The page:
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Marquette University
Career Services Center

Holthusen Hall, First Floor
1324 W. Wisconsin Avenue
P.O. Box 1881
Milwaukee, WI 53201-1881
Phone: (414) 288-7423
Fax: (414) 288-5302
E-mail | Staff Directory

What To Expect

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Career Checklist: Senior

Career education is a cycle. The Career Services Center offers Career Checklists by year in college and step in process.  These are recommended steps for you to take to get you closer to professional success.

The Career Services Center has activities and resources to help you complete all of these steps either on your own or with a career counselor. Individual career appointments may be made by calling (414) 288-7423.


Here you can find a step-by-step guide!

  1. Schedule Your Career Counseling Appointment for a career check-in
    Students meet with a career counselor to discuss the career issues of their choice. The counselor will likely ask about personal and career background, interests, coursework, and related aspects that effect career decision making to ensure a good understanding of the student’s unique situation.

  2. Take a Career Course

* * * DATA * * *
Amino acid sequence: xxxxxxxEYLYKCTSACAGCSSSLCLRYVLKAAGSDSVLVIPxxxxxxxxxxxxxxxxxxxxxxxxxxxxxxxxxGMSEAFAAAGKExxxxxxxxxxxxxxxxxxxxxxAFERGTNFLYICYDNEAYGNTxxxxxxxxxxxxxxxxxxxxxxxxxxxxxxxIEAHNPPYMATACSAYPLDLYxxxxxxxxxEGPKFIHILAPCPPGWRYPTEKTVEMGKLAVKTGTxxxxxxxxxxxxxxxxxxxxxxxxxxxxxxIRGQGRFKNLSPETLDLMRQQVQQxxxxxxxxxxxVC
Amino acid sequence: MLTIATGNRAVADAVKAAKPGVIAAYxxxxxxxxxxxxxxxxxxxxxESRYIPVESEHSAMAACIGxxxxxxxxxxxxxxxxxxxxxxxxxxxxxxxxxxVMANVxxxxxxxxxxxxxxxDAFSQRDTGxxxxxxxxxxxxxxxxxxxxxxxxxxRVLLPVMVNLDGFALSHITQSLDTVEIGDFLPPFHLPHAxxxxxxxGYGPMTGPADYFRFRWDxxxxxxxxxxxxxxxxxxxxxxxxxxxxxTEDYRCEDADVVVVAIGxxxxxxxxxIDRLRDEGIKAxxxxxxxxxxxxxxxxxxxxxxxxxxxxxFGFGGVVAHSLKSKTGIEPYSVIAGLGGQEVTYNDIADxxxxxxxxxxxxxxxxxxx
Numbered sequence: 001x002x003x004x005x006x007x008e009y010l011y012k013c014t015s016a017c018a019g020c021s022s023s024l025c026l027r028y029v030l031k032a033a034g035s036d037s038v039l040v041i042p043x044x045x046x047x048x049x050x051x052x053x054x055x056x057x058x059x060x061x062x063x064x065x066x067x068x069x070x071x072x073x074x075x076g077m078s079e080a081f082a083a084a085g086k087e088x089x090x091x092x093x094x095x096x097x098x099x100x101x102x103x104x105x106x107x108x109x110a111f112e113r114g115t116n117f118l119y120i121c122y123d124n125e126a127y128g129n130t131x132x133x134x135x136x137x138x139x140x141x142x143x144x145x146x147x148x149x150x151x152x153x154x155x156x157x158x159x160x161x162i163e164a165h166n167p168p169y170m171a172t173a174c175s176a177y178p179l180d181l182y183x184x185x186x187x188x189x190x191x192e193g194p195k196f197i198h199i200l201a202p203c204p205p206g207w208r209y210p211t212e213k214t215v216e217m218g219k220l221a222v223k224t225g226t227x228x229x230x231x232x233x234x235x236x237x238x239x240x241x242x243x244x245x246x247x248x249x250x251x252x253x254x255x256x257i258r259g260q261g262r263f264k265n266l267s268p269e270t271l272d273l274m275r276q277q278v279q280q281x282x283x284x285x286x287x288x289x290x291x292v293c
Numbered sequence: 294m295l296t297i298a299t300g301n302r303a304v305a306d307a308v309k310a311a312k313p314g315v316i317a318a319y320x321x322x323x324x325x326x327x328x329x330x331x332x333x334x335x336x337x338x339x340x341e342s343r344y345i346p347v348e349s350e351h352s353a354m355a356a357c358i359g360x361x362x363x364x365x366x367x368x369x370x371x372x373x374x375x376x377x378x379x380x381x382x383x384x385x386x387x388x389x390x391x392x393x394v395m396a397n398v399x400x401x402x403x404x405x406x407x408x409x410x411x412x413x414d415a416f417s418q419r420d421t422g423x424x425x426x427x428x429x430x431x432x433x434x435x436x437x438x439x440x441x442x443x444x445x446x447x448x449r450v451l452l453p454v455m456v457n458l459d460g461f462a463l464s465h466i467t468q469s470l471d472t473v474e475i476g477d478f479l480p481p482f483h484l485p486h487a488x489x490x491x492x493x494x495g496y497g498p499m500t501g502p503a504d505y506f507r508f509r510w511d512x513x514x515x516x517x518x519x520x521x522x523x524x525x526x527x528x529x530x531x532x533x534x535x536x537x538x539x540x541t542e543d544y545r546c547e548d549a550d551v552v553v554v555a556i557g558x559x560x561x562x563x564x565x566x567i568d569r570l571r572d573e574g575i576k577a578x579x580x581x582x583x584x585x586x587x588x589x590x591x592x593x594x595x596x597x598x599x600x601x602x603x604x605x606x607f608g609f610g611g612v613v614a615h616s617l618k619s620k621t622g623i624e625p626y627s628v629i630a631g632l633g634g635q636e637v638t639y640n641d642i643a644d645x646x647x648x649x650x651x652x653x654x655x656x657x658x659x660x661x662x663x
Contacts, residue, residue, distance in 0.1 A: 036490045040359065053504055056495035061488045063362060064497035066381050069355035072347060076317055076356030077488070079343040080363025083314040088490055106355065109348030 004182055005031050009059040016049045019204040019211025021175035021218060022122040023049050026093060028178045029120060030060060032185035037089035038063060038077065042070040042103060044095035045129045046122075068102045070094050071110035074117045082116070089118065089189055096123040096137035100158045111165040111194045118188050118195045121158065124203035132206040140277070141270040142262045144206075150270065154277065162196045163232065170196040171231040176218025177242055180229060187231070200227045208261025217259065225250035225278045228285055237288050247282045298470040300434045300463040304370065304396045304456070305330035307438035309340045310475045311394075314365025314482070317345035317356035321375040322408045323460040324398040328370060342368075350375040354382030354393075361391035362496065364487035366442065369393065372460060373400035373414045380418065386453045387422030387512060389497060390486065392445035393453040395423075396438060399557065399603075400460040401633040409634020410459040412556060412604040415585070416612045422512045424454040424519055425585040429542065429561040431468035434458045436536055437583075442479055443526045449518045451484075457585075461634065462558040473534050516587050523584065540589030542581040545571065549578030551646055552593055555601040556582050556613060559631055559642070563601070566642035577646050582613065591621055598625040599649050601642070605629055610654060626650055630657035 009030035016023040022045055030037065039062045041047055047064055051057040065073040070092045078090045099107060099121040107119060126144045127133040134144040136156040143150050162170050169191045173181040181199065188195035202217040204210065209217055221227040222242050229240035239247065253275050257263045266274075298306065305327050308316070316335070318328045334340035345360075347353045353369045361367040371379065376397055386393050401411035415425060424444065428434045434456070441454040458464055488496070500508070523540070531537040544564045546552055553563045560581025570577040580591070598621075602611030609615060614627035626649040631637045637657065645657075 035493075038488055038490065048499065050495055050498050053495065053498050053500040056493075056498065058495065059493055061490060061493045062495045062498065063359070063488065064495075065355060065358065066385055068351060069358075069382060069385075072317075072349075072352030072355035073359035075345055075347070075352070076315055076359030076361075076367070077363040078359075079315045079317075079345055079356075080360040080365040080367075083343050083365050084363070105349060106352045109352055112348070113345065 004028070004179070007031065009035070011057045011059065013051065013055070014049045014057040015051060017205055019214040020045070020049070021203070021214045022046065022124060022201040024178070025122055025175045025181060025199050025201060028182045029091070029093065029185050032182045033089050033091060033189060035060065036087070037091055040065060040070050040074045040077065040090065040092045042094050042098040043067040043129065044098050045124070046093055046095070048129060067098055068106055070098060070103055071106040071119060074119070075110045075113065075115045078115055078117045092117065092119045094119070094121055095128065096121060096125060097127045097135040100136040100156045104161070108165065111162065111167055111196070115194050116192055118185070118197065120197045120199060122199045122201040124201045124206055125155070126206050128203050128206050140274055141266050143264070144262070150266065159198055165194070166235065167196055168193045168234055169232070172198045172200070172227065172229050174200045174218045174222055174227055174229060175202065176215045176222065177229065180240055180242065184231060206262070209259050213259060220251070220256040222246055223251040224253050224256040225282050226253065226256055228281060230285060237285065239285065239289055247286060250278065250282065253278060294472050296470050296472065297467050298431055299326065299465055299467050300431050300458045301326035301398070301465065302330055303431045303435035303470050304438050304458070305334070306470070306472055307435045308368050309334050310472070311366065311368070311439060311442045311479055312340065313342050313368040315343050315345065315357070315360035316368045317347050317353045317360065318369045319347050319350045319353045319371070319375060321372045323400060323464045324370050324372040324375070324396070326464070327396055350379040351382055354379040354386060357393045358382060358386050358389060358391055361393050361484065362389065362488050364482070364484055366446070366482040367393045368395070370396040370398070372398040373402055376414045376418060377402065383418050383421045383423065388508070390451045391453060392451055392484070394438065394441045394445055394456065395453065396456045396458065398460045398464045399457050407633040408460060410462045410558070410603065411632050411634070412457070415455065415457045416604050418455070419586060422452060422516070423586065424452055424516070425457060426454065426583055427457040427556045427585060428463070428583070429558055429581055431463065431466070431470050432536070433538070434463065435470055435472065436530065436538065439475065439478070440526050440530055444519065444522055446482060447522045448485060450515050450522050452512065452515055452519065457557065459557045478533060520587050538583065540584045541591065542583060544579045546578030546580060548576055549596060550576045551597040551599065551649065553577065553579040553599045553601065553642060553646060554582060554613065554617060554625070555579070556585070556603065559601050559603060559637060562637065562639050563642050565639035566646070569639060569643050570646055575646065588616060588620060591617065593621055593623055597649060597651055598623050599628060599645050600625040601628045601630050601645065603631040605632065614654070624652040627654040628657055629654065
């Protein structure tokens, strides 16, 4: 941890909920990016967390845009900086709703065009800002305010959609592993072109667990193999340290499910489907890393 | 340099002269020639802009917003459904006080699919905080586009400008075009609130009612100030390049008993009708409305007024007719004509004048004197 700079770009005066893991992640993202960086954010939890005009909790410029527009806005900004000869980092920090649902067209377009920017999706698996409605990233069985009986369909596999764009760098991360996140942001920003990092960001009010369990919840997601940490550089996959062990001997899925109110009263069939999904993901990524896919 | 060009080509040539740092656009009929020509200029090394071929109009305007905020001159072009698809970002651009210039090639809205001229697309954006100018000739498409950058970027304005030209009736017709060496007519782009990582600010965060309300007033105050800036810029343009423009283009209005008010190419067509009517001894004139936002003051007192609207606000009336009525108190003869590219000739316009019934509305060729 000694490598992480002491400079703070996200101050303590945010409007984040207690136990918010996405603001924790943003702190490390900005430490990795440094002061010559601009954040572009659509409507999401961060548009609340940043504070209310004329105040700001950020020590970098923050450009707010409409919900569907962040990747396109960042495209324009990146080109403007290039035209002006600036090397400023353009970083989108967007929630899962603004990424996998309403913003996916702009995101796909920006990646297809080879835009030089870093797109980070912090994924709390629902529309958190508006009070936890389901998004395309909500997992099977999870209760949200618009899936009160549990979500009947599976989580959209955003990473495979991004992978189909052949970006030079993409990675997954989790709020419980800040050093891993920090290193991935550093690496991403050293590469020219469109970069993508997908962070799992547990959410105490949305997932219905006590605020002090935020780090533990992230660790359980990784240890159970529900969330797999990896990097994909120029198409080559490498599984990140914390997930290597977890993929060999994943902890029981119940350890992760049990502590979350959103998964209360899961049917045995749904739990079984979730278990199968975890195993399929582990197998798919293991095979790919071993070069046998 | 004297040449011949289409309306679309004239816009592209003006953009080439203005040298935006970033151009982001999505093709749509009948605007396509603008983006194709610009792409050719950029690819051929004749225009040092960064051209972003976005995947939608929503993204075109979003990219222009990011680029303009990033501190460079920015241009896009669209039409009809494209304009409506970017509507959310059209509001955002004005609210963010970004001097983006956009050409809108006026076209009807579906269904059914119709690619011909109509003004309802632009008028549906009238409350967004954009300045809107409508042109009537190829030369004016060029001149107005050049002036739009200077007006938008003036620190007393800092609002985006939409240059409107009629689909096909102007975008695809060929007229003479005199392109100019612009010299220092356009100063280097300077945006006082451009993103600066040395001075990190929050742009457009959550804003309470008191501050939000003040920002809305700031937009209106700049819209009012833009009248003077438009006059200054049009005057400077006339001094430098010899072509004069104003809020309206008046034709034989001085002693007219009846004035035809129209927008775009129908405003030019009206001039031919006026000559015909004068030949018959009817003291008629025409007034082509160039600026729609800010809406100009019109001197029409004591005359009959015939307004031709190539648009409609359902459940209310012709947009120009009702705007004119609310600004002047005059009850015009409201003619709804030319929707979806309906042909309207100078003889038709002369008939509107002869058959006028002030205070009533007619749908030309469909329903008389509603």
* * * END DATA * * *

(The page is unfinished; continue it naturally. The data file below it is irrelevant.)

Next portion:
Each semester the Career Services Center offers courses on topics ranging from career planning to job search.  Currently some of these courses are listed in the course bulletin under ARSC but are open to all majors.
    1. The career courses, MARQ (ARSC) 1040: Career Planning and Decision Making and MARQ (ARSC) 1050: Job Search Strategies have been cancelled for the upcoming fall and spring semester. In lieu of these courses, the Career Services Center is developing and implementing a new concept of Career Groups. Career Groups will provide the same educational piece for students seeking career education and professional preparation but will provide a more flexible and amenable group dynamic to better serve students. Career Groups will be offered regularly beginning mid-semester of Fall 2014.

  3. Conduct Career Research
    The best way to learn what it is really like in a particular career fields is through research. This can be done in two ways: online resources and informational interviewing (talking to people in the field).

  4. Conduct Informational Interviews with professionals in your field of interest
    Talking to people who currently are in positions and career fields that interest you is one of the best ways to gain valuable career information. The Career Services Center has resources to help you complete this step using LinkedIn and the Marquette University Alumni Association Network.

  5. Develop Your Occupational Targets
    Having one to three clear Occupational Targets helps you better communicate with those in your professional network and with potential employers.  Your Occupational Target is a personal statement defining the specifics you wish to attain through work.

  6. Activate Your Handshake Account
    Marquette’s NEW career platform, Handshake, is now live! Handshake’s intuitive, mobile friendly platform is a great way to stay connected to the Marquette Career Services Center. Handshake has replaced MU Career Manager and will be your one-stop-shop for launching your career!

  7. Find a Career-Related Experience such as an internship, co-op, part-time job, or summer job